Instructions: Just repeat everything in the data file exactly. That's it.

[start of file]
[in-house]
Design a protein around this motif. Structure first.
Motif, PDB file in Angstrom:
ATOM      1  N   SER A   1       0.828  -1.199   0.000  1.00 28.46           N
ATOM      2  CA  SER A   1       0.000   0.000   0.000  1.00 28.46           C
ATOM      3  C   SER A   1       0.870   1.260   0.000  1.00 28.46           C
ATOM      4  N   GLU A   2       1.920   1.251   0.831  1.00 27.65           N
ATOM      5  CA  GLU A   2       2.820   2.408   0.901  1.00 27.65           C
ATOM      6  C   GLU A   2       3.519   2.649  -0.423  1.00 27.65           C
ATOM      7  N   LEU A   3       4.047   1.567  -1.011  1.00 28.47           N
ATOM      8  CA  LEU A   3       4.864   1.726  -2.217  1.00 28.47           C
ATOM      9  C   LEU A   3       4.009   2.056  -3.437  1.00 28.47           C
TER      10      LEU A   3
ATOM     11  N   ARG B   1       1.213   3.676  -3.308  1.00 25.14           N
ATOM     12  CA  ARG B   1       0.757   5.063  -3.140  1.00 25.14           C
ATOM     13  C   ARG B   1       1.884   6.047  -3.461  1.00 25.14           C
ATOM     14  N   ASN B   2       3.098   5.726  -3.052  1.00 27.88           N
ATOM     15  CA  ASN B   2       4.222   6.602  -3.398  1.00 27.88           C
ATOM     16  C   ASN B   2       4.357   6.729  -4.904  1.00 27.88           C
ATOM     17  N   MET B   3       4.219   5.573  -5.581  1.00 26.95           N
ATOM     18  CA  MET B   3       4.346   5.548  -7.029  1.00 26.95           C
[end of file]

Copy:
[in-house]
Design a protein around this motif. Structure first.
Motif, PDB file in Angstrom:
ATOM      1  N   SER A   1       0.828  -1.199   0.000  1.00 28.46           N
ATOM      2  CA  SER A   1       0.000   0.000   0.000  1.00 28.46           C
ATOM      3  C   SER A   1       0.870   1.260   0.000  1.00 28.46           C
ATOM      4  N   GLU A   2       1.920   1.251   0.831  1.00 27.65           N
ATOM      5  CA  GLU A   2       2.820   2.408   0.901  1.00 27.65           C
ATOM      6  C   GLU A   2       3.519   2.649  -0.423  1.00 27.65           C
ATOM      7  N   LEU A   3       4.047   1.567  -1.011  1.00 28.47           N
ATOM      8  CA  LEU A   3       4.864   1.726  -2.217  1.00 28.47           C
ATOM      9  C   LEU A   3       4.009   2.056  -3.437  1.00 28.47           C
TER      10      LEU A   3
ATOM     11  N   ARG B   1       1.213   3.676  -3.308  1.00 25.14           N
ATOM     12  CA  ARG B   1       0.757   5.063  -3.140  1.00 25.14           C
ATOM     13  C   ARG B   1       1.884   6.047  -3.461  1.00 25.14           C
ATOM     14  N   ASN B   2       3.098   5.726  -3.052  1.00 27.88           N
ATOM     15  CA  ASN B   2       4.222   6.602  -3.398  1.00 27.88           C
ATOM     16  C   ASN B   2       4.357   6.729  -4.904  1.00 27.88           C
ATOM     17  N   MET B   3       4.219   5.573  -5.581  1.00 26.95           N
ATOM     18  CA  MET B   3       4.346   5.548  -7.029  1.00 26.95           C